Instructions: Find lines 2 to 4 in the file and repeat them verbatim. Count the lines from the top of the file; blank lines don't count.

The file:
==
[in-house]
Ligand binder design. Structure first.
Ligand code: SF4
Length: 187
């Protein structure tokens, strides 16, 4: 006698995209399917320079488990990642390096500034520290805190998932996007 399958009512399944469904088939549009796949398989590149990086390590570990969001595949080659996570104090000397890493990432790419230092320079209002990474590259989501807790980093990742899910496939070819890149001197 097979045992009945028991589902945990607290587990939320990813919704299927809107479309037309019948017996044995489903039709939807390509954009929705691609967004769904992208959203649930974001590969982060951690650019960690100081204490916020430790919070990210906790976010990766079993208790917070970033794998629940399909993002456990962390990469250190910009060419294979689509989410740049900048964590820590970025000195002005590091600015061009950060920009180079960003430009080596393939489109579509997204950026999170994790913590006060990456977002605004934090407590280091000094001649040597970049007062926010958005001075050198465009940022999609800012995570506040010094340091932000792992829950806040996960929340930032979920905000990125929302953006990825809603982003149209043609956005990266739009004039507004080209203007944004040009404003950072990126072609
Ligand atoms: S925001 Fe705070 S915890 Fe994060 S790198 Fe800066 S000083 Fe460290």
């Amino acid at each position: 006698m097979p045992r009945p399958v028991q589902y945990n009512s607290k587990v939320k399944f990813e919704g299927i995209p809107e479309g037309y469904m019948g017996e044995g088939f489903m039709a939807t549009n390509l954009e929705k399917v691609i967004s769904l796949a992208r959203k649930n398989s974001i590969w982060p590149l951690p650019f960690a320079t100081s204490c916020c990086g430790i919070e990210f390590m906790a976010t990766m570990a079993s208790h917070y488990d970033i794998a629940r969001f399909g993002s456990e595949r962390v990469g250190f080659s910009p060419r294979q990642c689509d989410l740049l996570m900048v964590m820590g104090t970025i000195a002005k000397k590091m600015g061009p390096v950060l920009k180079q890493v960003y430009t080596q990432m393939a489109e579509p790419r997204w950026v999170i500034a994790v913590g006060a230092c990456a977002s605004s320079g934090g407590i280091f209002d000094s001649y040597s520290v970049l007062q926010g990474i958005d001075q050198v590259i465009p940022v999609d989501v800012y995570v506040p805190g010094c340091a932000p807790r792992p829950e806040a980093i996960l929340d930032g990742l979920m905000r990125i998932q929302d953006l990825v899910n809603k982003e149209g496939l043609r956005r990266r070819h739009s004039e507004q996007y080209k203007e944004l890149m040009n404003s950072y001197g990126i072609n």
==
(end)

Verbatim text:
Ligand binder design. Structure first.
Ligand code: SF4
Length: 187